Art in the House: Historical, Critical, and Aesthetical Studies on the Decoration and Furnishing of the Dwelling

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L. Prang, 1879 - Architecture, Domestic - 356 pages
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Page 45 - All things hasten to decay; all fall; all perish; all come to an end. Man dieth, iron consumeth, wood decayeth; towers crumble, strong walls fall down, the rose withereth away; the war-horse waxeth feeble, gay trappings grow old ; all the works of...
Page 8 - That still are wont t' annoy the walled town Might there be heard ; but careless Quiet lies Wrapt in eternal silence, far from enemies.
Page 201 - Mrs., or rather Miss Manley, for she was never married, is best known as the authoress of the ' New Atalantis,' a scandalous work, which she published at the end of the seventeenth or the beginning of the eighteenth century.
Page 166 - So that now when I open and turn over with reverent joy the leaves of the Gospels, I feel that here is enshrined the highest achievement of Man the Artist, a creation to which nothing can be added, from which nothing can be taken away.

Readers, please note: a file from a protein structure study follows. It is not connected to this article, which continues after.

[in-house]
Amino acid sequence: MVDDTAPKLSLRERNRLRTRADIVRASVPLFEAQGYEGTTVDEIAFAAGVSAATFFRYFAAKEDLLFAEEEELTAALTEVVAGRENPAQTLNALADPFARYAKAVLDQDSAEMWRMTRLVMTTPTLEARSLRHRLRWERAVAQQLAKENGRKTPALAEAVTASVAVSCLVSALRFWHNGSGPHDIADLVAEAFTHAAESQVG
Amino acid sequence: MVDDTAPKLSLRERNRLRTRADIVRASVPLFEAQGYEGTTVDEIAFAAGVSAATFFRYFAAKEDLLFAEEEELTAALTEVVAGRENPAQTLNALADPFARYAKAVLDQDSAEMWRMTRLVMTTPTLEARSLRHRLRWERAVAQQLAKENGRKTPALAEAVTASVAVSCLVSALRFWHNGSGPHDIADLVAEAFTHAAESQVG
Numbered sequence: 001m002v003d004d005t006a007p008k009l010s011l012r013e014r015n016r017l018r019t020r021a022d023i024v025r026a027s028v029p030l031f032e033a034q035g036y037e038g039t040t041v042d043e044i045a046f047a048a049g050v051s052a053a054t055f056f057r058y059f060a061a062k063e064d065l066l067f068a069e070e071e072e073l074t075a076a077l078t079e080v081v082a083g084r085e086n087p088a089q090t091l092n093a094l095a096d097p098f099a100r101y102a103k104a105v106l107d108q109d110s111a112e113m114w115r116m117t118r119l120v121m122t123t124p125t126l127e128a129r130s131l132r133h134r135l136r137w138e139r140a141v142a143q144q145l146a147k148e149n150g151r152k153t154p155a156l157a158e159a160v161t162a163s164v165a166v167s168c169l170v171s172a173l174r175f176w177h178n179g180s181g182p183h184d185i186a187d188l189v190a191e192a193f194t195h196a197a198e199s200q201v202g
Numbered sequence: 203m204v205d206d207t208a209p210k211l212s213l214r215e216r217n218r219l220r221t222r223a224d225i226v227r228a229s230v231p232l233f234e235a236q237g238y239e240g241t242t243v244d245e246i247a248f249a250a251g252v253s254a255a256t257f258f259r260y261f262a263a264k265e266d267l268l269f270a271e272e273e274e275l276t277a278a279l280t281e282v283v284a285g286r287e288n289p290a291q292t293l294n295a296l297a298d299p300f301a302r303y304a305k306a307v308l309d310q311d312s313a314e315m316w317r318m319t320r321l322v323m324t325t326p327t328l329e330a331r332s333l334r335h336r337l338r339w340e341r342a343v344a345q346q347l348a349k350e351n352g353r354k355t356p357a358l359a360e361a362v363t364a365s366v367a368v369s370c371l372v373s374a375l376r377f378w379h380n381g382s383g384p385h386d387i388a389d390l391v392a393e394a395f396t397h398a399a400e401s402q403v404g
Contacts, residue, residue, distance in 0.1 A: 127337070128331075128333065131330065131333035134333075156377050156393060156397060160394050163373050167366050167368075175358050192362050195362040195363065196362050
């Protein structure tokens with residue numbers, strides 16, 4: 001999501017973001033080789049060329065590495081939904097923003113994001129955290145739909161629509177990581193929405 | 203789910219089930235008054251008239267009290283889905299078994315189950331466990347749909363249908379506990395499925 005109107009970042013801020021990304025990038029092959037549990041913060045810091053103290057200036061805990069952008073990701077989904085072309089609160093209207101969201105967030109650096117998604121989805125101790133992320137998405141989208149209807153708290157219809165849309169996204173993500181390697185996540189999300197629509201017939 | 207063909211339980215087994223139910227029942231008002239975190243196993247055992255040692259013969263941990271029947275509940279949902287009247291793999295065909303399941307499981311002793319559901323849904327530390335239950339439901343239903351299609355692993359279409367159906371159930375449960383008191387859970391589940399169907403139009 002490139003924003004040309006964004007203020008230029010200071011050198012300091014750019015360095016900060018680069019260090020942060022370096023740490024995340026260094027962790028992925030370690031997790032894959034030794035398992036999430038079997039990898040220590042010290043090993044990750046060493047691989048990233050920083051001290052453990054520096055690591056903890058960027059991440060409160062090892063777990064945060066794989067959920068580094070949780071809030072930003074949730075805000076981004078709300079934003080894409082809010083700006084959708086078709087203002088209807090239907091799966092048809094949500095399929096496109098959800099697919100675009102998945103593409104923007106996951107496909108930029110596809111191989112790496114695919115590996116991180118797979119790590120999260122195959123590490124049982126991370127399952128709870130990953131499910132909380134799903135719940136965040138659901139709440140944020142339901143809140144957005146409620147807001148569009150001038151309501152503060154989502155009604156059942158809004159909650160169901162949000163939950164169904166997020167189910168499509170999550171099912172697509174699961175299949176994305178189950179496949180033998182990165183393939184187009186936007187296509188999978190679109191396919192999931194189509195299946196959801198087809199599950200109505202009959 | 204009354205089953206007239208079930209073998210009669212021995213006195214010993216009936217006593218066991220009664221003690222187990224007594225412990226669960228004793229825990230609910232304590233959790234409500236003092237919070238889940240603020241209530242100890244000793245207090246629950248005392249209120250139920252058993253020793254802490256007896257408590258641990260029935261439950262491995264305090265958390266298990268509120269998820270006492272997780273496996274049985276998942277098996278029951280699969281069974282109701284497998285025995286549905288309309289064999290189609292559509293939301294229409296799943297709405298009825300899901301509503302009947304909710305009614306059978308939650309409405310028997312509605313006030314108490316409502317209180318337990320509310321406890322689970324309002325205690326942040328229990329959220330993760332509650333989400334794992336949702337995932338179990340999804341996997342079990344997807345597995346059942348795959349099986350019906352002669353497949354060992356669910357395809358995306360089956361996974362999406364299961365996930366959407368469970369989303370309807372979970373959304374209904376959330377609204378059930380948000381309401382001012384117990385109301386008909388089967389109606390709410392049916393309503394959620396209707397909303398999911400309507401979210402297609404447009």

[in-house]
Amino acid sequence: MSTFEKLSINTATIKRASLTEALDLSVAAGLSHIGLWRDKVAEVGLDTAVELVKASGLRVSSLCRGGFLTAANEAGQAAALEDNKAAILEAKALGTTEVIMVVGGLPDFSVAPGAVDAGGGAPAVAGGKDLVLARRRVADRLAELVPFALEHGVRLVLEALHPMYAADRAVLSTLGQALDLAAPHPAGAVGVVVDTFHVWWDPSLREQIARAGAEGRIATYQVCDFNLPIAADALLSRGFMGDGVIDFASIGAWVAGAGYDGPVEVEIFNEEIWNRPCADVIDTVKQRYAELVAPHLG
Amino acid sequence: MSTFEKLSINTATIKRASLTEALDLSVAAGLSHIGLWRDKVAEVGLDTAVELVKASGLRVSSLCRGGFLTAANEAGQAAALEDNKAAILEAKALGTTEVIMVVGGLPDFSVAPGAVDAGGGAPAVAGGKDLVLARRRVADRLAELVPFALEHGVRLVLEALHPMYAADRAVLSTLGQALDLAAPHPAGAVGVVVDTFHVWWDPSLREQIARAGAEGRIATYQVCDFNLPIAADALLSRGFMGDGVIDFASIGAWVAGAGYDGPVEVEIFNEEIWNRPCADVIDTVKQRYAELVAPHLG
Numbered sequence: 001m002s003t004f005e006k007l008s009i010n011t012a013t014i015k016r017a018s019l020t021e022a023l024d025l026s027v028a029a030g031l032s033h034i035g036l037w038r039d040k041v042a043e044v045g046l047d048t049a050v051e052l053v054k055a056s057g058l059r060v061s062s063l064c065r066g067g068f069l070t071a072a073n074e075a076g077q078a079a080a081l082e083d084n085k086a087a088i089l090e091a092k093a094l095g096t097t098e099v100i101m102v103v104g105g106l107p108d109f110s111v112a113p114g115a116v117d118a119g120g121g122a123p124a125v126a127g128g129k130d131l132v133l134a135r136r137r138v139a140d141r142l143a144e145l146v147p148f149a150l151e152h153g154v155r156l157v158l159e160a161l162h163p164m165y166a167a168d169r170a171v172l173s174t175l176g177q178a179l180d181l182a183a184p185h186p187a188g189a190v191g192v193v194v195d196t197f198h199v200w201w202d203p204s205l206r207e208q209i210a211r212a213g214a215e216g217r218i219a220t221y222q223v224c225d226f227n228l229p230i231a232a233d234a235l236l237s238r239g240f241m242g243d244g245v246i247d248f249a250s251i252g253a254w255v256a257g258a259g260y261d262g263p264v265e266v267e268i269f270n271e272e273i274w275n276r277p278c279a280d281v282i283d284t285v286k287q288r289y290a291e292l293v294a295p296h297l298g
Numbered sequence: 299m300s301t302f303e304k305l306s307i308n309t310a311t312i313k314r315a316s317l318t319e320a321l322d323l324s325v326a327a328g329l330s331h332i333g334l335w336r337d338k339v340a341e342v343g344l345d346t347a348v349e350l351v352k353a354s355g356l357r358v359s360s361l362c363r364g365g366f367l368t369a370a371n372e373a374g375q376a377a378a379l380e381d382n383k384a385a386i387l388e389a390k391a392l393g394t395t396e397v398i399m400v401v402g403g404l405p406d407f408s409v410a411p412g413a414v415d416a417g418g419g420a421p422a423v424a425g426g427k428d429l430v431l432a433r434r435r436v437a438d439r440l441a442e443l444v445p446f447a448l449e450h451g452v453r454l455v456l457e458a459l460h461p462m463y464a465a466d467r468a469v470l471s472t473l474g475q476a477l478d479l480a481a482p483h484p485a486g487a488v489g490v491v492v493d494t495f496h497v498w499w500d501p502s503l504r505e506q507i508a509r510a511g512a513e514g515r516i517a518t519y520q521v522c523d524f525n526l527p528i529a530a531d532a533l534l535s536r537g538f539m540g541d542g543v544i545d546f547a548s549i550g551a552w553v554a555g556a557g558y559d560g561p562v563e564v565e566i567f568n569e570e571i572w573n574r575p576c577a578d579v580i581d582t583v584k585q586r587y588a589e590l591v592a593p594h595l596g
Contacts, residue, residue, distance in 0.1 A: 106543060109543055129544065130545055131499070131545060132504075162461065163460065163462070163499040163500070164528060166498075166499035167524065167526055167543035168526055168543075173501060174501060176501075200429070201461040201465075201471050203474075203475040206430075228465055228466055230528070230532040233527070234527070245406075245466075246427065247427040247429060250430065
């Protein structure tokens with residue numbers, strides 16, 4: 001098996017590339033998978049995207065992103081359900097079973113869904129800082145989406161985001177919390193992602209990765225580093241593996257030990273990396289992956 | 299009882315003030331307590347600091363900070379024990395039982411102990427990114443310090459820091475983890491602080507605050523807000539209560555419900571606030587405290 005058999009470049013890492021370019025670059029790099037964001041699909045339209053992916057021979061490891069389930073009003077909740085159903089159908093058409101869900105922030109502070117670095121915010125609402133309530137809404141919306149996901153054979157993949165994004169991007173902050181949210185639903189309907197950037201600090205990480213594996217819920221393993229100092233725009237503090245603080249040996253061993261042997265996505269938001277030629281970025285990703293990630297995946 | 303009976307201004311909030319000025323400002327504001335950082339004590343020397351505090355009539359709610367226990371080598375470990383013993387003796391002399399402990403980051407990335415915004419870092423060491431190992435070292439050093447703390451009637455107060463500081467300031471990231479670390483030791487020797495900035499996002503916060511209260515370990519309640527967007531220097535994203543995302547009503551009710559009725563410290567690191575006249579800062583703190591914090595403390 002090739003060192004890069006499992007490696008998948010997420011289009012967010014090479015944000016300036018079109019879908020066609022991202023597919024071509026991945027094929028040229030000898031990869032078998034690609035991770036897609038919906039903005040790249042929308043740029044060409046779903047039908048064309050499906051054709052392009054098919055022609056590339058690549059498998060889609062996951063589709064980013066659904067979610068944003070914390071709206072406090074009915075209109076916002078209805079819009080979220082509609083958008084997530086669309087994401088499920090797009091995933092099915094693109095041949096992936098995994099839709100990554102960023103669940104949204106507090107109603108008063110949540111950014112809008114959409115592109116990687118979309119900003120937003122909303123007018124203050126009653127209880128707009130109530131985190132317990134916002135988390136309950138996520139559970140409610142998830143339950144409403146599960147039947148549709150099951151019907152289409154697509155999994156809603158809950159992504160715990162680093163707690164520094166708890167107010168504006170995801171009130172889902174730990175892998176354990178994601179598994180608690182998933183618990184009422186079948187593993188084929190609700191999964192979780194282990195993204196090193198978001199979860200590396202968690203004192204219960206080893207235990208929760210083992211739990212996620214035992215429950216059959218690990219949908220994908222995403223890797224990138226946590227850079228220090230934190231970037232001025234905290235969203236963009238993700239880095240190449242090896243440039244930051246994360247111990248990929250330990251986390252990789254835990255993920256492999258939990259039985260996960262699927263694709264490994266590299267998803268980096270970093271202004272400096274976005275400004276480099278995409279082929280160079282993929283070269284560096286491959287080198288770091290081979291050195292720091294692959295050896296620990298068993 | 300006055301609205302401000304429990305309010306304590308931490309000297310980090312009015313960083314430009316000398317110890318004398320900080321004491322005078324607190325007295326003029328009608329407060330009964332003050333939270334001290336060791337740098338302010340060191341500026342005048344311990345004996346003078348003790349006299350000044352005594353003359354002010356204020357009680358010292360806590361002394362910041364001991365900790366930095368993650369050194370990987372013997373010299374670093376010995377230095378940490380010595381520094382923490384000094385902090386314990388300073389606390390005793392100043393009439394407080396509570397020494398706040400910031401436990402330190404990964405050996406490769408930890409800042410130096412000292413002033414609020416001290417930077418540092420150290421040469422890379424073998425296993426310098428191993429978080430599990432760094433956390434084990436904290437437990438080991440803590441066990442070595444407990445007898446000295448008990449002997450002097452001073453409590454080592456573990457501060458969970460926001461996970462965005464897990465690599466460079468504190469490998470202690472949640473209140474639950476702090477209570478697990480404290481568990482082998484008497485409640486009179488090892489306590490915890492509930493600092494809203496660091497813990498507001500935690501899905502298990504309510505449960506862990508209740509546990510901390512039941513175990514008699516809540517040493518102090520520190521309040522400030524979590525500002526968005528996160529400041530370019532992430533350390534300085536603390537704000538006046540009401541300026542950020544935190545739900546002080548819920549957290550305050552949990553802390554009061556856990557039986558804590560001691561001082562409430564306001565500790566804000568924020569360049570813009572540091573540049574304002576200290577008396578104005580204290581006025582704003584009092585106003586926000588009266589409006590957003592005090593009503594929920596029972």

Page 69 - ... had the cloths for nothing, or were at Alexandria or Damascus. I, the writer of this account, was present, and astonished whence such quantities of rich stuffs and ornaments could have come ; for all the houses on each side the great street of Saint Denis, as far as the Chatelet, or indeed to the great bridge-)-, were hung with tapestries representing various scenes and histories to the delight of all beholders.
Page xxiii - ... painting, and architecture, was firmly fixed by the two great Mediterranean nations of antiquity. Dr. Falke thus describes the objects of his book, which is composed of lectures delivered at the Vienna Museum of Art and Industry. These were "to show how beauty and aesthetic charm can be given to the home, and how, through the medium of artistic harmony, a feeling of comfort, peace and pleasure may be generated within its four walls.
Page 93 - Gauss resolved to follow their great example and leave after him only finished works of art, severely perfect, to which nothing could be added and from which nothing could be taken away without disfiguring the whole.
Page 8 - And more to lull him in his slumber soft, A trickling stream, from high rock tumbling down, And...
Page 126 - Herr Epstein considers it to have been written at the end of the fifteenth or beginning of the sixteenth century.

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